A phone scam in which a caller pretended to be the Ocean County Sheriff targeted a 77-year-old cancer patient — ultimately costing him $18,000 in savings, according to the victim's family.

The Ocean County Sheriff’s Office — the real one — told New Jersey 101.5 that the phony call on Tuesday, July 23, involved a person posing as a social security agent, who told the victim that his personal identity had been compromised and that he would need to withdraw his money from the bank, so as not to lose it.

The caller than mentioned Sheriff Michael Mastronardy by name and gave the victim a phone number with a "732" area code to call. A second person pretended to be the sheriff while "verifying" the scam details, John James, the victim's son, told New Jersey 101.5.

The callers threatened the victim with of arrest, before providing instructions to withdraw large amounts of cash and then buy gift cards at local retail box stores, such as Walmart, Target and Best Buy, James and the sheriff's office both said.

James said his father, a veteran of the Air Force Reserves, was robbed by the phone scammers while he was undergoing aggressive chemotherapy for stage four colon cancer.

Target receipt, phone scam (courtesy John James)
Target receipt, phone scam (courtesy John James)

In this case, the victim told police he took his savings and bought 10 $1,000 gift cards at one Target store, and then $5,000 worth of cards at a second Target store, according to Mastronardy.

Other cards also were purchased from other stores, totaling another $3,000, James said.

At one, final Walmart store the victim visited, a cashier did decline to issue a $1,000 gift card, James said.

So, his dad kept a remaining $2,000 in his pocket and went home to deliver the gift card numbers and pin numbers for those he did purchase to the scammers via phone, James said.

It wasn't until the victim called James that evening that the scam came into view, but by then, the money was gone.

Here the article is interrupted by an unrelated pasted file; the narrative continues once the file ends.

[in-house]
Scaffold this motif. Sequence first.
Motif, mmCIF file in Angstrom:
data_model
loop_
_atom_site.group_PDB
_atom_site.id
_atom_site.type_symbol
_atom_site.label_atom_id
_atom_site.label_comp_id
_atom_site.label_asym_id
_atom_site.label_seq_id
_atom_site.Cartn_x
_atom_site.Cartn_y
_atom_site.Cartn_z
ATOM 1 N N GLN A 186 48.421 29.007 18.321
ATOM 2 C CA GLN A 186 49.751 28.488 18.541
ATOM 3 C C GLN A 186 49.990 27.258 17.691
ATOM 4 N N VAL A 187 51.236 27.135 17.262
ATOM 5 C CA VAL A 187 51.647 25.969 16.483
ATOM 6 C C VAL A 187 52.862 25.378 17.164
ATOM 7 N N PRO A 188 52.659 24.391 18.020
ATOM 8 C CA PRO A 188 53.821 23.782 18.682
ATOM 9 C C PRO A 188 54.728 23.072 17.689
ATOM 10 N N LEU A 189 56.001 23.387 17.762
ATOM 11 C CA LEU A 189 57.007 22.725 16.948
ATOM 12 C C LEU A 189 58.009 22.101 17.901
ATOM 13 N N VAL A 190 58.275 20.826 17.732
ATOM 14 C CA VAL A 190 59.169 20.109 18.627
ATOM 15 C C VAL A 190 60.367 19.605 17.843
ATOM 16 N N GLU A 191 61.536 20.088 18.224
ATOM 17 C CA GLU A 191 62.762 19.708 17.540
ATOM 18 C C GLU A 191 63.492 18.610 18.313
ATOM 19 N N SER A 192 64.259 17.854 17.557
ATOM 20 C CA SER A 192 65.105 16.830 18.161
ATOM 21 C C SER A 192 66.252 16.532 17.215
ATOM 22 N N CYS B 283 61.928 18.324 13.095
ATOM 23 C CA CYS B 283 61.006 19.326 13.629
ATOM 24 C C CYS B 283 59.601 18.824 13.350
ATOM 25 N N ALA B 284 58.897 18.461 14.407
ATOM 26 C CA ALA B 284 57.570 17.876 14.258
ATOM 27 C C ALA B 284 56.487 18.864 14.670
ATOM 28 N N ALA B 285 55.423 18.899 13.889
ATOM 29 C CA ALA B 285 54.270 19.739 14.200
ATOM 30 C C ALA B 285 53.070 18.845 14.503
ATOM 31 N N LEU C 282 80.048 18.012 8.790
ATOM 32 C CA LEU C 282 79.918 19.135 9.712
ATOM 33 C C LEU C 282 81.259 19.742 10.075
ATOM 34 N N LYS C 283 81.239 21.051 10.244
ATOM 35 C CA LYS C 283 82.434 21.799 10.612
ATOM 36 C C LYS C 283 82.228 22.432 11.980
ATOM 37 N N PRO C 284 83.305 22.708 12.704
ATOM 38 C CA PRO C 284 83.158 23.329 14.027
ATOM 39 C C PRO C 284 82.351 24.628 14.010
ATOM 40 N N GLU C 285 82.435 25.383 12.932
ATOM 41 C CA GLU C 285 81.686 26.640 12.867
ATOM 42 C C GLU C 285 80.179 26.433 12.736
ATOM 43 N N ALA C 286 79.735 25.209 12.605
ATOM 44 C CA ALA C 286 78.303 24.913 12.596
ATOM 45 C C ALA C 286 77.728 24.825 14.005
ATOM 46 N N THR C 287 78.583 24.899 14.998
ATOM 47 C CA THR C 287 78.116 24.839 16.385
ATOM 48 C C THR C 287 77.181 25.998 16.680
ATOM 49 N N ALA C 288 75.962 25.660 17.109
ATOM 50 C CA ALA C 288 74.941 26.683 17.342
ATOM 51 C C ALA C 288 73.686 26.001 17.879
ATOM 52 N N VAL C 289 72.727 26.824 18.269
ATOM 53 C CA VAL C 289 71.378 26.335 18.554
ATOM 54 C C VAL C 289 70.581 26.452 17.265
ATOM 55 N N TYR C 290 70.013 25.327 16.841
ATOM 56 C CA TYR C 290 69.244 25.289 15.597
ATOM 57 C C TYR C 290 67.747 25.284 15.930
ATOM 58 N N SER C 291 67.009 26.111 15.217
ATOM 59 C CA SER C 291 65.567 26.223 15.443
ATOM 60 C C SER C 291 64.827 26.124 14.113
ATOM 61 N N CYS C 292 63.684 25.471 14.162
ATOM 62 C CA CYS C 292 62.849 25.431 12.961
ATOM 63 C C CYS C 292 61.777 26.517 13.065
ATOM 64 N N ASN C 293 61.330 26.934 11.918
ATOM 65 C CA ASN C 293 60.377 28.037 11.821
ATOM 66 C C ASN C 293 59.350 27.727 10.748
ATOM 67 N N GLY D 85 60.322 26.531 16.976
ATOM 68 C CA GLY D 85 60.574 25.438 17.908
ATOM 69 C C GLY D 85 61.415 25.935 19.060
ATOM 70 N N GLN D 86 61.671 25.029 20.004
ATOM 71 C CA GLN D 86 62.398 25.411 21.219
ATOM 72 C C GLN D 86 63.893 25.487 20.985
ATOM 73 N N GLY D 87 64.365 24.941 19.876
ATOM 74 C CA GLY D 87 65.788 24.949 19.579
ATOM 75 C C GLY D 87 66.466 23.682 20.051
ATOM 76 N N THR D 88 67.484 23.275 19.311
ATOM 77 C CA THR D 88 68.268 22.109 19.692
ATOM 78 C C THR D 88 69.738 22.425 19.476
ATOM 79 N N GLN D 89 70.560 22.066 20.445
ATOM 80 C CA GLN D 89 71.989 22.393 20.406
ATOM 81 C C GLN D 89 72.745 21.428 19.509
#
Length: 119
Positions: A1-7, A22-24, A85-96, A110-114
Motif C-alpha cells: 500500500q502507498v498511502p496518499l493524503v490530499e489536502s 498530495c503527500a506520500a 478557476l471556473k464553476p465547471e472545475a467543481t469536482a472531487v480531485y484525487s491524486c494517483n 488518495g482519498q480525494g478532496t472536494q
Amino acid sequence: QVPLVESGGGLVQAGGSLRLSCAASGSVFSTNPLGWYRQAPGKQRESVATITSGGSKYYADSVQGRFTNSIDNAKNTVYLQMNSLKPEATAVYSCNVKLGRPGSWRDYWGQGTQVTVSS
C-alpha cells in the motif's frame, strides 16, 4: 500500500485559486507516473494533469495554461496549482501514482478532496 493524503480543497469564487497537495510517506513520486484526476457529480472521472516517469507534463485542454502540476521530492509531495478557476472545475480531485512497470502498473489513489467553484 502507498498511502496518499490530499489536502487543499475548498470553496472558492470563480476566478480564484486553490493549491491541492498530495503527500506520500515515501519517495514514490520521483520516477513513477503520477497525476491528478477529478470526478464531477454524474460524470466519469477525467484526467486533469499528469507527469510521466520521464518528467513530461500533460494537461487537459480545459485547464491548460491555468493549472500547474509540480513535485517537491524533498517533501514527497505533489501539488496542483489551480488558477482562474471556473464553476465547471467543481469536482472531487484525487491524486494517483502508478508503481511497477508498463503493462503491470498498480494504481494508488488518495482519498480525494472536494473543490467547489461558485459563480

"After speaking to the real sheriff and FBI, there is little to no chance of getting justice or retribution," James said, "My father worked his whole life and his savings was stolen from him in one day. My father feels violated, victimized and most of all embarrassed."

James said the scammers seemed to have "done their research" by knowing details about the local Sheriff and certain store locations, and by providing a number with a traditionally local area code.

He said knowing how badly his dad felt upon learning he'd been scammed, he wonders how many other people might be quiet victims who never report what's happened to them.

James also questioned why such retail stores would allow such large transactions, without even a manager's involvement.

He said a call to Toms River police just "up the road" from at least one of the store locations his father visited could have meant a different outcome in this case.

A GoFundMe campaign that's been setup by James has a goal of recouping the victim's lost funds. As of late Thursday, more than $2,300 was raised.

It's the latest in a growing number of phone scams in NJ that involve impersonating actual law enforcement agencies. Also in July, a "spoofing" call showed up on a woman's caller ID as Long Branch Police Department, as a man claimed to be an officer while touting a similar phony ID theft story.

In that case, the scam was unsuccessful, as the woman hung up and called the real police.

State Police warned residents in February of fraudulent phone calls also requesting Social Security numbers. In that scam, a caller posed as a State Trooper and the incoming call comes up as the legitimate phone number, 609-452-2601, for the New Jersey State Police Transportation Safety Bureau office, police said.

Calls that appeared to be coming from the Monmouth County Sheriff's Office were reported in January, pressuring victims to pay made-up fines immediately through a pre-paid debit card over the phone in order to avoid an arrest.

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